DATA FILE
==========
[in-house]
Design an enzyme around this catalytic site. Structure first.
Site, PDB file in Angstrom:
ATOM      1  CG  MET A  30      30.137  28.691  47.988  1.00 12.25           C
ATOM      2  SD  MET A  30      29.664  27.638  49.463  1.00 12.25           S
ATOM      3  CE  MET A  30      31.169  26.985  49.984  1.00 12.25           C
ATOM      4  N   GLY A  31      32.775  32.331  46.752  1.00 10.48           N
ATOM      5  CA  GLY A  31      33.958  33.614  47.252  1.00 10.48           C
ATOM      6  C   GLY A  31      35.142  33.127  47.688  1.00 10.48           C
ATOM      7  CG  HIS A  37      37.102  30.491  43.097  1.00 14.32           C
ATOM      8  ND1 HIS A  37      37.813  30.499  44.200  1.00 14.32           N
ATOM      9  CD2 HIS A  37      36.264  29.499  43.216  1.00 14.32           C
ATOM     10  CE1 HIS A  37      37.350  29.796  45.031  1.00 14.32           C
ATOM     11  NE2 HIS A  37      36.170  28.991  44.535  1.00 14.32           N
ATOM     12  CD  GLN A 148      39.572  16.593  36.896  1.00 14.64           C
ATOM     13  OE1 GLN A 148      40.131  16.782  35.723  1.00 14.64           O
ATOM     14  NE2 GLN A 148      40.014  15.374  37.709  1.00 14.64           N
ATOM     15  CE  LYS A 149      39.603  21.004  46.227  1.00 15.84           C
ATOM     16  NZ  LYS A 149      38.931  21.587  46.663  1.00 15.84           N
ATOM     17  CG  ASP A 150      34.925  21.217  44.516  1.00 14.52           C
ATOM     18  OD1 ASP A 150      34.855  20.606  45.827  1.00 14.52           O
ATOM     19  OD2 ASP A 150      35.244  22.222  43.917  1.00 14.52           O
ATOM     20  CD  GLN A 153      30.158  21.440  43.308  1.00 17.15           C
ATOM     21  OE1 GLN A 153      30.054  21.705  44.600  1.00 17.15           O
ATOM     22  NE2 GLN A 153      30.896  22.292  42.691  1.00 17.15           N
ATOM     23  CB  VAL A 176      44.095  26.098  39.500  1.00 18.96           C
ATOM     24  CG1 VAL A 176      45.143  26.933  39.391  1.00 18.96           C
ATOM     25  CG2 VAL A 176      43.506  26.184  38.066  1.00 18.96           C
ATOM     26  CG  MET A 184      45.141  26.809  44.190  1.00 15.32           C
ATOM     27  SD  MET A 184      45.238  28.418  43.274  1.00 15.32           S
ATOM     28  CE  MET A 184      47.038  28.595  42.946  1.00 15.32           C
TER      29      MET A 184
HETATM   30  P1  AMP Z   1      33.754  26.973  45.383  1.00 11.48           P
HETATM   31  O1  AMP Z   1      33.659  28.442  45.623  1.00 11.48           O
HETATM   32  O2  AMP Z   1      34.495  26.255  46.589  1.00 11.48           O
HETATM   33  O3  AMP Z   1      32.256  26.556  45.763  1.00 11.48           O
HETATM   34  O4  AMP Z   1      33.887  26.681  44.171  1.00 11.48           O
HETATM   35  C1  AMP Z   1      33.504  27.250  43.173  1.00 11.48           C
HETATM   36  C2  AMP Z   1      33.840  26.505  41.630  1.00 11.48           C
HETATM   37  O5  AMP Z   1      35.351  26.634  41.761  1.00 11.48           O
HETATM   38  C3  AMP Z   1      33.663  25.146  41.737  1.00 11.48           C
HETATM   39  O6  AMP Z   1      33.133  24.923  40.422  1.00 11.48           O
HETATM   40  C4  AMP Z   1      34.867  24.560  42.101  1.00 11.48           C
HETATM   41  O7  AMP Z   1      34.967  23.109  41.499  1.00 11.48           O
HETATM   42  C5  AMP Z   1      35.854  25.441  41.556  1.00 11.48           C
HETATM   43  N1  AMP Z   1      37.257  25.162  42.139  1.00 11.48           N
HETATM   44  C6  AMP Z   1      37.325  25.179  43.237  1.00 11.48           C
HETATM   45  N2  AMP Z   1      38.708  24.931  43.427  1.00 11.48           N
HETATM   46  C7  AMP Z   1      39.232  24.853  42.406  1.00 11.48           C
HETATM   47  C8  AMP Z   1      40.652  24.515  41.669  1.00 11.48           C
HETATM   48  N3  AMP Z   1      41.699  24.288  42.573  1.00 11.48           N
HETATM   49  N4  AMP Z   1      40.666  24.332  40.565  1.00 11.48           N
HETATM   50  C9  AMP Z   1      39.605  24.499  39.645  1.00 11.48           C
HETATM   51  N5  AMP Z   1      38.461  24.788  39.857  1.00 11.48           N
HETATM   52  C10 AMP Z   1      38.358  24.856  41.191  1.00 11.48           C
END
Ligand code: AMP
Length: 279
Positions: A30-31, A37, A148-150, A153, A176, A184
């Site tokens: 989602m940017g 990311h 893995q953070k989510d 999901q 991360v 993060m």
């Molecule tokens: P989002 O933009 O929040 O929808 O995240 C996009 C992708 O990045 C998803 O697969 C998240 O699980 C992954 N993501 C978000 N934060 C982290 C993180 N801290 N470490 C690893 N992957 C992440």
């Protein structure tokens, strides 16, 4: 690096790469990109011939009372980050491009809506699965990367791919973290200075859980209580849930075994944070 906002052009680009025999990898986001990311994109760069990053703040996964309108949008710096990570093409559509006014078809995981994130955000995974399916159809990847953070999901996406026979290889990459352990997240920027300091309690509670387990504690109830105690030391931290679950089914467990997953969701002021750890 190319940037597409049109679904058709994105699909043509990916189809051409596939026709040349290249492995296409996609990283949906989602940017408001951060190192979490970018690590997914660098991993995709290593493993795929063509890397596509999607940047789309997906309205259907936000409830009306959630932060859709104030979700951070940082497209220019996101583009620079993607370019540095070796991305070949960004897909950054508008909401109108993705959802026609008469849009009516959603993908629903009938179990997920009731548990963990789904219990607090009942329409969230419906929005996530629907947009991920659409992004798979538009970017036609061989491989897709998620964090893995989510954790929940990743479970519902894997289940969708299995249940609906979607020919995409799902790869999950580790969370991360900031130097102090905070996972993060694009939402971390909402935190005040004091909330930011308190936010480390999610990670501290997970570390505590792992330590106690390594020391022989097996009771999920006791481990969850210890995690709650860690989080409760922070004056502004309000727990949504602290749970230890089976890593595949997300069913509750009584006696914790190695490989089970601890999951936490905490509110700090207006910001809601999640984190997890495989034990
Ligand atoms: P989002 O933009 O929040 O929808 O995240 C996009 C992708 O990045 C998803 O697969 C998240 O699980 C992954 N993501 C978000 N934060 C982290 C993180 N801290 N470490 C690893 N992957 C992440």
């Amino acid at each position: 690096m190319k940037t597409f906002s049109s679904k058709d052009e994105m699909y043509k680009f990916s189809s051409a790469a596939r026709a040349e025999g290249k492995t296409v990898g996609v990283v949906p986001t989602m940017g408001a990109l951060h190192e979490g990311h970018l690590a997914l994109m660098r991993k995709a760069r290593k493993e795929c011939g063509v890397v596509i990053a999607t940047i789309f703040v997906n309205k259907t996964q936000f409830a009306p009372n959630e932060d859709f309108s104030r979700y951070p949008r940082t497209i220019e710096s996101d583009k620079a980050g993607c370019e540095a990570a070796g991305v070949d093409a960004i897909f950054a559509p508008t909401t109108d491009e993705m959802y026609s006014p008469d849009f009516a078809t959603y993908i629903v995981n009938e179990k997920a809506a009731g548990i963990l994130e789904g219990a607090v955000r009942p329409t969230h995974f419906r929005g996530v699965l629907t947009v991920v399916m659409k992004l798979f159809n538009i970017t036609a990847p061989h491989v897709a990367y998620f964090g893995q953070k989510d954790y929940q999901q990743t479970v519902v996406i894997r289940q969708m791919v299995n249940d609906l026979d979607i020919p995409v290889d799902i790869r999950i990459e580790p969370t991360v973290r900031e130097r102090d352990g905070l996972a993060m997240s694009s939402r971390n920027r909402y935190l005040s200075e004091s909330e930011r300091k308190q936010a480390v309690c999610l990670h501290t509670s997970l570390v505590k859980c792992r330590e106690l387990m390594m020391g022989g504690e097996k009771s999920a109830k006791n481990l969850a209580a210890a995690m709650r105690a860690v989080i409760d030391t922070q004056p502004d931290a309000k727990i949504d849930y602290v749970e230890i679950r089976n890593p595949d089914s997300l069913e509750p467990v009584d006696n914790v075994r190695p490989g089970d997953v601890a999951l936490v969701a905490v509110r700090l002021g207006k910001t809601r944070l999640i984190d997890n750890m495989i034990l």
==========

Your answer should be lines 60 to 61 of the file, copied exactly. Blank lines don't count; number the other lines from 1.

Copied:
């Site tokens: 989602m940017g 990311h 893995q953070k989510d 999901q 991360v 993060m």
């Molecule tokens: P989002 O933009 O929040 O929808 O995240 C996009 C992708 O990045 C998803 O697969 C998240 O699980 C992954 N993501 C978000 N934060 C982290 C993180 N801290 N470490 C690893 N992957 C992440």